Northwest Airlines' daily Amsterdam-to-Bombay run fetches $1,400 a ticket, the airplane flies nearly full, and JetBlue doesn't go there.
Which is why international flying is a moneymaker for most U.S. carriers _ and why Northwest and Delta Air Lines Inc. are both making international flying a big part of their bankruptcy makeovers.
Delta says it will increase international flying by 25 percent while cutting domestic flying as much as 20 percent, and this week it announced new nonstop service from Atlanta to Tel Aviv beginning in March. Northwest increased international capacity 5.1 percent last month while domestic capacity stayed flat, and it says it will cut domestic capacity at least 10 percent. It's adding nonstop service from Amsterdam to Bangalore, India.
In Northwest Airlines Corp.'s bankruptcy filing, Chief Financial Officer Neal Cohen went so far as to call the carrier's Pacific routes one of its "most valuable assets," adding, "I believe that (Northwest's) viability as a going concern is dependent upon the maintenance of these foreign operations."
Northwest and Delta are following the lead of UAL Corp.'s United Airlines. Before bankruptcy, United got a third of its passenger revenue from overseas flying. Now it's half.
Overseas routes "are the brightest spot for the U.S. airlines at the moment," said Morgan Stanley airline analyst Douglas Runte. "International has been the place for (legacy) U.S. carriers to hide from low-cost competition."
Adding flights to Europe, where Delta has a strong presence, is easiest because of relatively relaxed rules about who can fly there. Not so in much of Asia.
Agreements between the U.S. and China limit the number of flights there. Northwest and United are the only American carriers with the right to pick up passengers in Japan for flights further into Asia, a huge advantage over other U.S. carriers trying to do business in that booming region. The now-defunct Pan Am and Northwest _ which used to call itself Northwest Orient _ won that valuable privilege in a 1952 aviation treaty between the U.S. and Japan, and United bought Pan Am's rights under the treaty in 1985. Northwest is now the largest carrier between the U.S. and Japan.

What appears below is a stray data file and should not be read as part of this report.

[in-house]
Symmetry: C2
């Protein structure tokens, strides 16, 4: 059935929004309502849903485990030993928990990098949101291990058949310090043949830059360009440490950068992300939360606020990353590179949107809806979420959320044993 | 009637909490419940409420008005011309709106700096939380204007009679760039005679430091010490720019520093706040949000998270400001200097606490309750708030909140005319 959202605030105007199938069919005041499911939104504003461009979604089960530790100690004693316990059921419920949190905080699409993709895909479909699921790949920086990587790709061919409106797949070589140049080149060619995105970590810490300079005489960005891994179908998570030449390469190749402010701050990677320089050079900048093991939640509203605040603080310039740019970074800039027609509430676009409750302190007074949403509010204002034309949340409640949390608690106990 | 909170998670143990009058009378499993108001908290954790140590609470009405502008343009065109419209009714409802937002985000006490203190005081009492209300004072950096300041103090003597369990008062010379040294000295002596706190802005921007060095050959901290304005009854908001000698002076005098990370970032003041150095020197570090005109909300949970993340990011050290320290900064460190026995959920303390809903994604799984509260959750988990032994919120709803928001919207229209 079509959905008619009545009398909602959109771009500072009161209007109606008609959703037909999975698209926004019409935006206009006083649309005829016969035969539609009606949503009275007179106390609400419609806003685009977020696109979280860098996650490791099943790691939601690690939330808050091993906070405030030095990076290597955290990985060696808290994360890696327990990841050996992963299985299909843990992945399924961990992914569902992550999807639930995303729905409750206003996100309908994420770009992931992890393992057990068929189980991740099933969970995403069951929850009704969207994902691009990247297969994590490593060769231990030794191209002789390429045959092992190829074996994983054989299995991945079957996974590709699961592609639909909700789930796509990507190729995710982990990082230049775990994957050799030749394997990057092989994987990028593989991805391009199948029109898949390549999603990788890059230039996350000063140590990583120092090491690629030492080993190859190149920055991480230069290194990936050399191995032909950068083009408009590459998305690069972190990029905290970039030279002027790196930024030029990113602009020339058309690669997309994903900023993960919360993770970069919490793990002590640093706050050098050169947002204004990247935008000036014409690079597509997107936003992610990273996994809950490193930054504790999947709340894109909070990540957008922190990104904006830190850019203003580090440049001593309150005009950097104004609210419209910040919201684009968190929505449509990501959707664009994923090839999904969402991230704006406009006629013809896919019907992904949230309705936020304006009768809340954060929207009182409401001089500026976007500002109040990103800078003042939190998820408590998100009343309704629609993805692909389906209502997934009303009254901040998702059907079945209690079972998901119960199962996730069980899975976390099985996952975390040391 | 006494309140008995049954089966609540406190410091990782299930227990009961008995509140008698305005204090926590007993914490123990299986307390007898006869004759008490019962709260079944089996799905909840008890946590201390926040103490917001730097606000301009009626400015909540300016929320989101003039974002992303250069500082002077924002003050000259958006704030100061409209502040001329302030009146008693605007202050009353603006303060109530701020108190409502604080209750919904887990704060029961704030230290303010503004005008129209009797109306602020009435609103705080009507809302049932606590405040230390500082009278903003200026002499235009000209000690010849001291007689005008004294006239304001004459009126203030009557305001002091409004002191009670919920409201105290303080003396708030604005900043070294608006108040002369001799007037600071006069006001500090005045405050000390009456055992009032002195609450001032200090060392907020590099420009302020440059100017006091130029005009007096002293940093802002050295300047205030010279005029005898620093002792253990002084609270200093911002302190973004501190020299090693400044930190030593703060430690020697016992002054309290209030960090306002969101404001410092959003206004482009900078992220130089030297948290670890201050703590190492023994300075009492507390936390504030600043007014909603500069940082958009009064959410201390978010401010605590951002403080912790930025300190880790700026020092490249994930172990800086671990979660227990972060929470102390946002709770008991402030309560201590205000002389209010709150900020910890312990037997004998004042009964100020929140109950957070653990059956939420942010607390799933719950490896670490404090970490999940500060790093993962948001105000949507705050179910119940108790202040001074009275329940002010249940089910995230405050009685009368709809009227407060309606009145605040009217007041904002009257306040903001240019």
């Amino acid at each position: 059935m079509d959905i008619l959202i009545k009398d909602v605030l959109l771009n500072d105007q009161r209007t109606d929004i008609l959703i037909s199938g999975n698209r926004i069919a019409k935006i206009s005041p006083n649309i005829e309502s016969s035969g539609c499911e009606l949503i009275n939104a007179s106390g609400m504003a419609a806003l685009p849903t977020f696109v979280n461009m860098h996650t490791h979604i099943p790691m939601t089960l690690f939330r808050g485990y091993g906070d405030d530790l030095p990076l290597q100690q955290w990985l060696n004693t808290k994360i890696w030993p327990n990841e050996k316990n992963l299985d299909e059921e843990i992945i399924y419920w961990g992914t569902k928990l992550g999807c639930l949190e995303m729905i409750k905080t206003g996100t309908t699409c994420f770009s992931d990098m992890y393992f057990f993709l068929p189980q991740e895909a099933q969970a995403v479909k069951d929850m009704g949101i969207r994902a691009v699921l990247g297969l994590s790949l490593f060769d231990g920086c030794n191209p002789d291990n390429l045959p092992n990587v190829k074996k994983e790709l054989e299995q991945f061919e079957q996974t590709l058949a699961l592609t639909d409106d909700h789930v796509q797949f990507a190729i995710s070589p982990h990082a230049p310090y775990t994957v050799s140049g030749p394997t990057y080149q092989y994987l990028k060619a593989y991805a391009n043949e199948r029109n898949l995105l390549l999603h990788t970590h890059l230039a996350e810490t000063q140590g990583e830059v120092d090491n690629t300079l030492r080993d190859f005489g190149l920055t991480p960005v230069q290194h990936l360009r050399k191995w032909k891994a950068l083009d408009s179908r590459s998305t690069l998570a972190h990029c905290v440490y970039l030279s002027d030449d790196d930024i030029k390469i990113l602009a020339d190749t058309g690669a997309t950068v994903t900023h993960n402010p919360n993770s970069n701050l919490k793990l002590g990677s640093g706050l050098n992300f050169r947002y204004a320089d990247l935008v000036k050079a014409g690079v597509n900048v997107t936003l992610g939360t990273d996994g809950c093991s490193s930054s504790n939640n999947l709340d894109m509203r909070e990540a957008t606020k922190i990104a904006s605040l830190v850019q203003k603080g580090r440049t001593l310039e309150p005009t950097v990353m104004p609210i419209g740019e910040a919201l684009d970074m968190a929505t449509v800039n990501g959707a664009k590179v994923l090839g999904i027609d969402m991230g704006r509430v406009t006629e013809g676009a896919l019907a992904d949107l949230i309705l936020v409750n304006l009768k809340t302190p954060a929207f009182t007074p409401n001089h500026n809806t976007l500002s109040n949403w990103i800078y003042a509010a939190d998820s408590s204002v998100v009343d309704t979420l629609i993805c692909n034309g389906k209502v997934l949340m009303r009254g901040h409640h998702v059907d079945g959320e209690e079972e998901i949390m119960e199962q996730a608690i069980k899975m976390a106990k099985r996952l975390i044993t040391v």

"Low-cost carriers are reluctant to jump into the international arena. It requires long planning horizons, sometimes years of diplomacy," said Joseph Schwieterman, a transportation expert and economics professor at DePaul University in Chicago.
He also said the international routes require larger planes than most discounters fly.
Relatively small 737s are "a dime a dozen, long-range 767s are not," Schwieterman said. "The barriers to entry can be enormous, ranging from gate space at key airports, to landing rights in certain countries."
Carriers will soon have more opportunity to fly to China. An aviation agreement with the U.S. signed in July 2004 will increase weekly flights between those two countries from 54 to 249 over six years. Under the agreement, AMR Corp.'s American Airlines won permission to fly from Chicago to Shanghai beginning April 3, 2006. It's also adding a nonstop Chicago-to-New Delhi flight Nov. 15.
American, which has historically had a large Latin American network, has increased its international capacity 9.5 percent this year, including a 29 percent jump in flying across the Pacific. Domestic capacity is down 1.8 percent.
Rising fuel prices play havoc with the profitability of those routes, though. Even as Northwest adds its new flight to Bangalore, it recently cut its New York-Tokyo nonstop, blaming fuel prices. American is dropping its flight between Chicago and Nagoya, Japan for the same reason, spokesman Tim Wagner said.
Airlines are studying the profitability of their routes like never before, said Stuart Klaskin, a partner at KKC Aviation Consulting in Miami.
Airlines are saying, "'If it turns out we can't make money from London to Minneapolis, or Tokyo to New York, we're out of there,'" Klaskin said.
Both airlines are making international flying a big part of their bankruptcy makeovers.
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